sea salt and white pepper, to taste
groundnut oil, for frying

sweet-sour chilli dressing
½  cup apple cider vinegar
½ cup unrefined cane sugar
¼ cup fish sauce
1-2 Thai bird’s eye chillies, finely chopped
1 clove garlic, finely chopped

Method
1. Whisk the eggs and flours together, adding water to loosen till you get a thin crepe-like batter. Use a bit of bicep work to make sure there are no lumps. Season with fish sauce, salt and pepper.
2. Heat an 8-inch frying pan till medium hot, and then add a little oil. When the oil is hot, pour just enough of the batter to get a thin layer covering the pan, swirling to distribute it evenly. 
3. Once the batter has started to set, add some of the wild garlic on top, then cover the pan for a minute until the pancake is fully cooked.  Remove the cover, and then flip the pancake over to fry on the other side, till both sides are golden brown.
4. Repeat till you finish the batter. 
5. Whisk all the ingredients for the dressing together until the sugar has dissolved. Pour over the warm pancakes to serve.


*You can replace this with your choice of fragrant greens/ herbs. 

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The second is for a flower syrup. You can use any flower, but obviously it has to be edible and it has to taste of something or it's just sugar-water. I used elderflowers in this one. Another nice one would be wild rose. You can pimp up your cocktails with this, pour it over cake, stir into fruits, whip through yogurt and top over granola, the possibilities are endless and you can have fun with it over the next 2-3 weeks.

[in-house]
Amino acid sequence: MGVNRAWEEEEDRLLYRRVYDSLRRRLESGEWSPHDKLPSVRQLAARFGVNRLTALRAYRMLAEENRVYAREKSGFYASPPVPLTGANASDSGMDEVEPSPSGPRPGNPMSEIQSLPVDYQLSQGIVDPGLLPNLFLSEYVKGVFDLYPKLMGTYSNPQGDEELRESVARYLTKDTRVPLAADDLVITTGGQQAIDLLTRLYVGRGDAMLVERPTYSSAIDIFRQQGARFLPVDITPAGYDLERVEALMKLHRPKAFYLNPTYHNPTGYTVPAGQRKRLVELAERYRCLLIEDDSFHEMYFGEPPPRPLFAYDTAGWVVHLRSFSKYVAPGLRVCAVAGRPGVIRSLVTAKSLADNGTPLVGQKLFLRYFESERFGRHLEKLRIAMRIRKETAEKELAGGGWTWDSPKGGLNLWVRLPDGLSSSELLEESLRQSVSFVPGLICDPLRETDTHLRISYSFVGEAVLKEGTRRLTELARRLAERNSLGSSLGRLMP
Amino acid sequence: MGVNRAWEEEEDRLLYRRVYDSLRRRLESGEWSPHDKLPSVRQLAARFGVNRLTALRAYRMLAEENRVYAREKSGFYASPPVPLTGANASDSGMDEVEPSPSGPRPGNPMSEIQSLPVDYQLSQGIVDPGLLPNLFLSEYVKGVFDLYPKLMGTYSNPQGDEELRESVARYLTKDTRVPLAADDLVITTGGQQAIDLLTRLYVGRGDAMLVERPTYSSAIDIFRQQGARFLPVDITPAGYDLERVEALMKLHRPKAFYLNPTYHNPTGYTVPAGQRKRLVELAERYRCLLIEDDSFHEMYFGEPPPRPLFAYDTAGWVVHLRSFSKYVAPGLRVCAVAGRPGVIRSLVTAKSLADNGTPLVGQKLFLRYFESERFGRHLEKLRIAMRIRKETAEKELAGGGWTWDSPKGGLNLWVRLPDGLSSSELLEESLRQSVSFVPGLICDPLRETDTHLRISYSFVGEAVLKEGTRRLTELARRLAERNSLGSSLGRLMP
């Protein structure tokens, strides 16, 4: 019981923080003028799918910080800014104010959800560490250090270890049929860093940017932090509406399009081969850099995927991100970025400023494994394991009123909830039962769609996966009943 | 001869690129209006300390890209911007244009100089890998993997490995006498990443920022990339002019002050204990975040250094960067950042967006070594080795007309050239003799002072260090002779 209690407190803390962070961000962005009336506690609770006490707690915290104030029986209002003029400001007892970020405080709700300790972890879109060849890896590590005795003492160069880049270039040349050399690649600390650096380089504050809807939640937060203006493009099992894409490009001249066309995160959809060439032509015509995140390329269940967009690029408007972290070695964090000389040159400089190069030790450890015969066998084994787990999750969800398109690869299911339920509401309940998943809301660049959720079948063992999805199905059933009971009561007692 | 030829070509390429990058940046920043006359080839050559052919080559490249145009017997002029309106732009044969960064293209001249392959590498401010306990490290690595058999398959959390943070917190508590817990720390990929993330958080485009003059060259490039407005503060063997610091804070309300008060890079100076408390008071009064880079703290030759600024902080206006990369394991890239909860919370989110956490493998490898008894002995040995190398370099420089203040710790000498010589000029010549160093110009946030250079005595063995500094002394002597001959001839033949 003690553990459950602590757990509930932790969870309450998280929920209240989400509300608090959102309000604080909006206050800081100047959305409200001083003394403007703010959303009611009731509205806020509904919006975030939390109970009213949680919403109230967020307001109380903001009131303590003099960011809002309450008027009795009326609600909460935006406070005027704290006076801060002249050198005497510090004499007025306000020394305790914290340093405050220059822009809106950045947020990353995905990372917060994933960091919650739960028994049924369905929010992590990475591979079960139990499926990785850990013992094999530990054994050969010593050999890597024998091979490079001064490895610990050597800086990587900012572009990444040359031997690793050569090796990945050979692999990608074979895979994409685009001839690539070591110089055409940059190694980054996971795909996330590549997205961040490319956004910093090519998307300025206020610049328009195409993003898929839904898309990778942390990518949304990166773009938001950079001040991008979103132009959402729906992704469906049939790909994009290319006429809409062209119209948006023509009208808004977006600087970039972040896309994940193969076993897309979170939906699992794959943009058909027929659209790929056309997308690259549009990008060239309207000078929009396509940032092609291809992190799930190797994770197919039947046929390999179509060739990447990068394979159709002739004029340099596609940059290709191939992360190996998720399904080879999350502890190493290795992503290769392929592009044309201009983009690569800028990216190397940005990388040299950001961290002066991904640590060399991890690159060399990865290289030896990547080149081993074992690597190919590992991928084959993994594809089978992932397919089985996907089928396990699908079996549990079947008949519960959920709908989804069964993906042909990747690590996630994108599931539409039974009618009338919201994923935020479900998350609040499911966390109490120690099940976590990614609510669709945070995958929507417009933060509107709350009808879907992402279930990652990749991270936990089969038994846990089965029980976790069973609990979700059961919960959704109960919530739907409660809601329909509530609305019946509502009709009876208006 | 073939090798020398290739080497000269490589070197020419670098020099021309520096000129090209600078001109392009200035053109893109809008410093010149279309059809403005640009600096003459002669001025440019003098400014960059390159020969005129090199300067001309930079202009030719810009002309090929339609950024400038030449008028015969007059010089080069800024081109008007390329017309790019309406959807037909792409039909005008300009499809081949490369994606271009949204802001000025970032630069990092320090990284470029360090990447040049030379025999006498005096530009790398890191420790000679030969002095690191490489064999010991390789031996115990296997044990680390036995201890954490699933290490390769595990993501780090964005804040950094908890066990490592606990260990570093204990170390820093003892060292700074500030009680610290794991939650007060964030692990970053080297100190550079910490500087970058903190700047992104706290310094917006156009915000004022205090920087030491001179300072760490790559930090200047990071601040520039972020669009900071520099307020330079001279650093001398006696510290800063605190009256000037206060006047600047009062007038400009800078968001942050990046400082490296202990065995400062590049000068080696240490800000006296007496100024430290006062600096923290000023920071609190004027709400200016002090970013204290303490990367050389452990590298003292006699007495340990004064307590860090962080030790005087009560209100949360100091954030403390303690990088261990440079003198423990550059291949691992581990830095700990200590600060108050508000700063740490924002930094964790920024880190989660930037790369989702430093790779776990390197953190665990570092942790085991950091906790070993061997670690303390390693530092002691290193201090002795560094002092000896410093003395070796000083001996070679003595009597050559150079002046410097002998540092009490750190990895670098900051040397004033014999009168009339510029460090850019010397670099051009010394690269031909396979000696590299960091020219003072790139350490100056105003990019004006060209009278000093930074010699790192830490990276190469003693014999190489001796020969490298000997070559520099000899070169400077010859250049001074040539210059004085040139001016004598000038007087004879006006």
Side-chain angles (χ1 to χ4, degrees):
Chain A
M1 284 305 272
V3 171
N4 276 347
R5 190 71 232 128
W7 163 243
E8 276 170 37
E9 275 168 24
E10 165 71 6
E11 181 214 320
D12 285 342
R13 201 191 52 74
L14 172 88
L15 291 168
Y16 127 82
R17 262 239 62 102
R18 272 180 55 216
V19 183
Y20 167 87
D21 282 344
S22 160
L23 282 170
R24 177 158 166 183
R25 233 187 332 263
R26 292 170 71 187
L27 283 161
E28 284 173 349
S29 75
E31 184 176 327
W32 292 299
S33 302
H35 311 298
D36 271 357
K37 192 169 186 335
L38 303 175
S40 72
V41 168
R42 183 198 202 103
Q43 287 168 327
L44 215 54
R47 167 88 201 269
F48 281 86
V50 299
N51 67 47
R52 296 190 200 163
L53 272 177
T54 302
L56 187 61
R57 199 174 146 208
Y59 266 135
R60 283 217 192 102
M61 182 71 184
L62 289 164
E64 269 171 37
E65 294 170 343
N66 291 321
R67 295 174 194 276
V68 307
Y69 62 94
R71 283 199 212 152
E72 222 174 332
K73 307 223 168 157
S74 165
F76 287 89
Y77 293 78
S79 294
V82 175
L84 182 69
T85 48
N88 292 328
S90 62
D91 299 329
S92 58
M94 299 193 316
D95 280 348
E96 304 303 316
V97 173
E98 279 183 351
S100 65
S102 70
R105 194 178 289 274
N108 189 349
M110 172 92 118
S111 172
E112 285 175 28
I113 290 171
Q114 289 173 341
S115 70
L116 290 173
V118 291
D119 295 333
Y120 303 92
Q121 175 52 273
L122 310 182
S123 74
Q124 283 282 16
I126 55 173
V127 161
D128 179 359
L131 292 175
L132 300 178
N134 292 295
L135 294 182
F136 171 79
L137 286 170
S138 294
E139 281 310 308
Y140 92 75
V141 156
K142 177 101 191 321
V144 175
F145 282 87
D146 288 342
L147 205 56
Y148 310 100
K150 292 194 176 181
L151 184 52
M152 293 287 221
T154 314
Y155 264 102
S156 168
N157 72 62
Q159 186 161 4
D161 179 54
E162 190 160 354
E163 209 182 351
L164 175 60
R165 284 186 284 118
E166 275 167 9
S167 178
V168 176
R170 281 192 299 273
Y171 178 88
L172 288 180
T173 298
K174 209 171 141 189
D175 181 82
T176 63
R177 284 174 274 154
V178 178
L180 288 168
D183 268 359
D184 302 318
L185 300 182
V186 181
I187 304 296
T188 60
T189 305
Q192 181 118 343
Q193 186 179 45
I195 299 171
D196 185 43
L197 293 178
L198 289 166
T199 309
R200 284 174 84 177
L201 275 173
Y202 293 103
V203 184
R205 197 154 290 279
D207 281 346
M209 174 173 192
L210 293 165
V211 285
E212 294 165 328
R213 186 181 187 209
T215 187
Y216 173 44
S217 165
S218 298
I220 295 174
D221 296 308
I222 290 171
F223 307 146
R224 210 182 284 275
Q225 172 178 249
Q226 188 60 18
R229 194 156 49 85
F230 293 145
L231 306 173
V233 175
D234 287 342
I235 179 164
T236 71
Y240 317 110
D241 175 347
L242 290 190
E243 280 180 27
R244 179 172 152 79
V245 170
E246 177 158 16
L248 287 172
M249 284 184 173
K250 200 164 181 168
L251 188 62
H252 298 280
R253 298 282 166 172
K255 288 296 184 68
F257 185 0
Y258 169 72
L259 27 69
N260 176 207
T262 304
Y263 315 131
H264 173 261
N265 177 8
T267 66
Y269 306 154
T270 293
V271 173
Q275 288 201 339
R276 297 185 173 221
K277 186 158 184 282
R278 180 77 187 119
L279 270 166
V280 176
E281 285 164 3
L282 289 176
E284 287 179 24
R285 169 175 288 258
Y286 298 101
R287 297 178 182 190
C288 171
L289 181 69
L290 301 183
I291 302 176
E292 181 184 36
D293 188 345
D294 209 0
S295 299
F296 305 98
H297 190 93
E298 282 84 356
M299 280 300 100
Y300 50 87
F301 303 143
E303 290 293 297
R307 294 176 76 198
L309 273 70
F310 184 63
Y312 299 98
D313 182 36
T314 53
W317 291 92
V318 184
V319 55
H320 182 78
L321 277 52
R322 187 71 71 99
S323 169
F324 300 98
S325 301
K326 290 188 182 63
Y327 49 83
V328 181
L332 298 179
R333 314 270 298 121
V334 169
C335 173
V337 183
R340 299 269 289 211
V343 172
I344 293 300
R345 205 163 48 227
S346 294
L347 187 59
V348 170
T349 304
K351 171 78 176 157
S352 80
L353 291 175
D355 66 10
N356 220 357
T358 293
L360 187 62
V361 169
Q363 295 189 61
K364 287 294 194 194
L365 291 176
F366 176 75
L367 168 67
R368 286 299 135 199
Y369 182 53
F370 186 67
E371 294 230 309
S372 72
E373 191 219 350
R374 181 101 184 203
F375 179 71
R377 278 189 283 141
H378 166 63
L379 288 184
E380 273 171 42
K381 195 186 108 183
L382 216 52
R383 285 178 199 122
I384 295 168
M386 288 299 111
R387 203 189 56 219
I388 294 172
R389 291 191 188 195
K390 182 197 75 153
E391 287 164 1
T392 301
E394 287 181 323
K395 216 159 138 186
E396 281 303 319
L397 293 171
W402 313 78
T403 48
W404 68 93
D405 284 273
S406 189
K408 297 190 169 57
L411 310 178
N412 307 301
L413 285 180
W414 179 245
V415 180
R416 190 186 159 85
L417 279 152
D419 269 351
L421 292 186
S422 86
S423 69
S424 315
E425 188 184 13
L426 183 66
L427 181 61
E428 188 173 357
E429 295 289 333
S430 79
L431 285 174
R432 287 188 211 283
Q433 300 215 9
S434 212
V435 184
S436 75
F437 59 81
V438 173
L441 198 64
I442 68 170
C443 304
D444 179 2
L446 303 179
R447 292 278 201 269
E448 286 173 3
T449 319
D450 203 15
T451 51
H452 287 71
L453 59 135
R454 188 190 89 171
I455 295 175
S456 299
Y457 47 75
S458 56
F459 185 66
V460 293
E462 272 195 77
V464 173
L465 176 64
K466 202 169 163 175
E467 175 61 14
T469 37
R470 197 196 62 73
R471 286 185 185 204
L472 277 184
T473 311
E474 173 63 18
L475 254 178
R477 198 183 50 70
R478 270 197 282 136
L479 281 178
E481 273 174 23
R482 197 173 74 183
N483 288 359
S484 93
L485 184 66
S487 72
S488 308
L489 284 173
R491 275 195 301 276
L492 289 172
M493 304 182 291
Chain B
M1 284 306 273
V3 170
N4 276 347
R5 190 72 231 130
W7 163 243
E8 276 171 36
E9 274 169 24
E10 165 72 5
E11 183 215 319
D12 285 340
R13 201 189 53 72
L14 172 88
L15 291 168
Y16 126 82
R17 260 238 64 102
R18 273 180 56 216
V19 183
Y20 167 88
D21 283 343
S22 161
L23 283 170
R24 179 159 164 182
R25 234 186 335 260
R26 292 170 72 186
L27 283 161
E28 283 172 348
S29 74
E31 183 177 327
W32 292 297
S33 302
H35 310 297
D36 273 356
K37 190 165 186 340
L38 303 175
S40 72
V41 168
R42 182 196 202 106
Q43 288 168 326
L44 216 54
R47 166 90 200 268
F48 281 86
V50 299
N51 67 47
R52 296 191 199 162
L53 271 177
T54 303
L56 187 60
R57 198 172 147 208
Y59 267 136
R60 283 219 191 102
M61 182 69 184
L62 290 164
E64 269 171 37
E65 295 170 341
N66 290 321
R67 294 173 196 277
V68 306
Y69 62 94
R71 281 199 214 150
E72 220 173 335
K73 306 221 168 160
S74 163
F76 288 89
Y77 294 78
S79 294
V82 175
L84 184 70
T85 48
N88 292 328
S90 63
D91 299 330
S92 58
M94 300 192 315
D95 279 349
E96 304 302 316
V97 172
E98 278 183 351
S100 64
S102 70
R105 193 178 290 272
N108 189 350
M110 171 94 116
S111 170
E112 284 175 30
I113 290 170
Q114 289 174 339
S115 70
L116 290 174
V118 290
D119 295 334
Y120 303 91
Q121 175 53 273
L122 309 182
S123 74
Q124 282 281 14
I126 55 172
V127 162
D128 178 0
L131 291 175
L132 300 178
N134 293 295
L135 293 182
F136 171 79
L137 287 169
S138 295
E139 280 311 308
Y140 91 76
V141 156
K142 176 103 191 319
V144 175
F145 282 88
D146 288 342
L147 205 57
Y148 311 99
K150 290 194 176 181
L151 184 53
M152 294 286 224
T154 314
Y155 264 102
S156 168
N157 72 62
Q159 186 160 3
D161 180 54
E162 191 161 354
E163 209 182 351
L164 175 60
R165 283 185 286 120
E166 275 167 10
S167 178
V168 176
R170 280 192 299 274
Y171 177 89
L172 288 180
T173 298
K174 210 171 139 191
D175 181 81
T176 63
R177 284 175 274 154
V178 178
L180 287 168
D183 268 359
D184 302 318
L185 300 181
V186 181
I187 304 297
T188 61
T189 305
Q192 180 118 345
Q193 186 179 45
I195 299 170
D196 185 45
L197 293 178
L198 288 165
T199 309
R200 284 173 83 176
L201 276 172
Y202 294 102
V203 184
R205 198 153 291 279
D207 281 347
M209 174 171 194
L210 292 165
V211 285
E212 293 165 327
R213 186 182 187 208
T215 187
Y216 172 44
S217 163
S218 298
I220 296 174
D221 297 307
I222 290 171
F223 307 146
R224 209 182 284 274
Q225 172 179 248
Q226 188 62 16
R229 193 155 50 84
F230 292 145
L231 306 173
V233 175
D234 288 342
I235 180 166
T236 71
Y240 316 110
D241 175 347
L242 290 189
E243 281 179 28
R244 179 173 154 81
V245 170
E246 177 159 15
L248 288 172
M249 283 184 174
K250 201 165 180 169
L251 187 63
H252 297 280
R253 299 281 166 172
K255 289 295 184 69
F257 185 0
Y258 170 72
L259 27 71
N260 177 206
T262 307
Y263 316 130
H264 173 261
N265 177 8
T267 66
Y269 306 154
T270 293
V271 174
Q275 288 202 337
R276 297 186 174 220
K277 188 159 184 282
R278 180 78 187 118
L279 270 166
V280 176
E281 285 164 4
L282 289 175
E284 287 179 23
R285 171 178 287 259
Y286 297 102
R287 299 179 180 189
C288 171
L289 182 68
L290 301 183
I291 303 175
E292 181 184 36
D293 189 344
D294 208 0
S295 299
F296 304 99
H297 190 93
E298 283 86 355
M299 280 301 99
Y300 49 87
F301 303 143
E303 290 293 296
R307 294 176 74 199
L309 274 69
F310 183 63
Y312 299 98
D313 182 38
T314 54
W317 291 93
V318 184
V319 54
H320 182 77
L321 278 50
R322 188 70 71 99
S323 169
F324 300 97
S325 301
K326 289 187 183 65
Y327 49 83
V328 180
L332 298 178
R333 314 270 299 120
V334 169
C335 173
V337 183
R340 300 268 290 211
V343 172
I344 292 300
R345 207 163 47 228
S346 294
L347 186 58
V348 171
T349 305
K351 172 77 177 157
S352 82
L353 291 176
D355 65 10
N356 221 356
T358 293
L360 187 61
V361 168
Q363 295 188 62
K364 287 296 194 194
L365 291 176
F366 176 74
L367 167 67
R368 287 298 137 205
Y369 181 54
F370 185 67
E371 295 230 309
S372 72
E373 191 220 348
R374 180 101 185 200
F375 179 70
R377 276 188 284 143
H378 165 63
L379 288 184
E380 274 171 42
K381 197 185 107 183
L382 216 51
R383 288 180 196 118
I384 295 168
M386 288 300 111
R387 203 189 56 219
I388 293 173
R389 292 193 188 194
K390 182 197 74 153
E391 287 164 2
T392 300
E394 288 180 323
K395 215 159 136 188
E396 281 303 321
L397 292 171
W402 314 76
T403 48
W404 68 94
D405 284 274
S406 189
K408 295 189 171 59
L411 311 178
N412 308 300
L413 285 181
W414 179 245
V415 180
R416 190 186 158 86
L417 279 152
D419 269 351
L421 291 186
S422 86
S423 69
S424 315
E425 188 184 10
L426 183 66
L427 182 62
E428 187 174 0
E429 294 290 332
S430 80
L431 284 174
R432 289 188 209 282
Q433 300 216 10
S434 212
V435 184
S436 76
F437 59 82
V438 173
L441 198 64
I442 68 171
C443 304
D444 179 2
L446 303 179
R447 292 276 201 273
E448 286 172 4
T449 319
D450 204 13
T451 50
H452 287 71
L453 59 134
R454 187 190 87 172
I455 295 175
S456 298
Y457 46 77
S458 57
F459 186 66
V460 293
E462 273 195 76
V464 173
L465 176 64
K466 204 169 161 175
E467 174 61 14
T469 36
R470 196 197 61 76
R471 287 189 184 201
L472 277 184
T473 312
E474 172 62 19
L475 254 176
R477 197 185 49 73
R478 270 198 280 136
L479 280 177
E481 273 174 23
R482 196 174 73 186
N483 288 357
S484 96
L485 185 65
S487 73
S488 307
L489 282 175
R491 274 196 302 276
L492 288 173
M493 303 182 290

ANY FLOWER SYRUP
Ingredients
1 cup water
3 cups unrefined sugar*
1 cup fresh edible flowers

Method
1. Tap the flowers and leave for a while for any insects to crawl off. You can rinse lightly but say with elderflowers, you do want the pollen bit.
2. Boil everything together for 10 min or until the mixture thickens into a syrup.
2. Strain through a muslin cloth into a glass jar and seal. Yeah, that's it.

*You can change up the taste by using different kinds of sugar– cane sugar, coconut sugar, palm sugar etc; or even try adding honey. 

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These are very versatile recipes so you can play around with whatever wild greens and flowers you get your hands on; or if you really don't like getting your hands dirty or your ankles stung, the pancakes would work with spring onions or any pungent herb, while the syrup would work with any edible flower you can get your hands on. Don't be a sissy though, because foraging is fun, and knowing that your 'organic seasonal local sustainable' food didn't cost you a thing, makes it somehow more delicious.

Oh last lesson: Try to pick where the dogs haven't been or you're going to get pee-tainted food.


More wild food adventures:
Wild garlic foraging and fried beehoon (Video!)
Steamed sea bass with crispy sea purslane
Free blackberry pie
Stinging nettle saag aloo

Thanks Sean @eatmygarden for the best outdoor lesson one can get.

Photos and tips of more of these wild plants on my newsletter. Do sign up– I only send good stuff.